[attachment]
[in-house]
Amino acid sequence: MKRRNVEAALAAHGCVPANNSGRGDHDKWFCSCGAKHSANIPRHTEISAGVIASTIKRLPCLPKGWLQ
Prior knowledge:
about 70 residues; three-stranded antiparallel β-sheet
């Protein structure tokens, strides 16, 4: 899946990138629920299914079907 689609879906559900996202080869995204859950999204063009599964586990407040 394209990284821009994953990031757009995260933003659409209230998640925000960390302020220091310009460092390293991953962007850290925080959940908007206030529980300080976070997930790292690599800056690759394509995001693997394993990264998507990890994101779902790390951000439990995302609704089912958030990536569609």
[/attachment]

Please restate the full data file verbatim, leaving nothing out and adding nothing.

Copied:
[in-house]
Amino acid sequence: MKRRNVEAALAAHGCVPANNSGRGDHDKWFCSCGAKHSANIPRHTEISAGVIASTIKRLPCLPKGWLQ
Prior knowledge:
about 70 residues; three-stranded antiparallel β-sheet
């Protein structure tokens, strides 16, 4: 899946990138629920299914079907 689609879906559900996202080869995204859950999204063009599964586990407040 394209990284821009994953990031757009995260933003659409209230998640925000960390302020220091310009460092390293991953962007850290925080959940908007206030529980300080976070997930790292690599800056690759394509995001693997394993990264998507990890994101779902790390951000439990995302609704089912958030990536569609």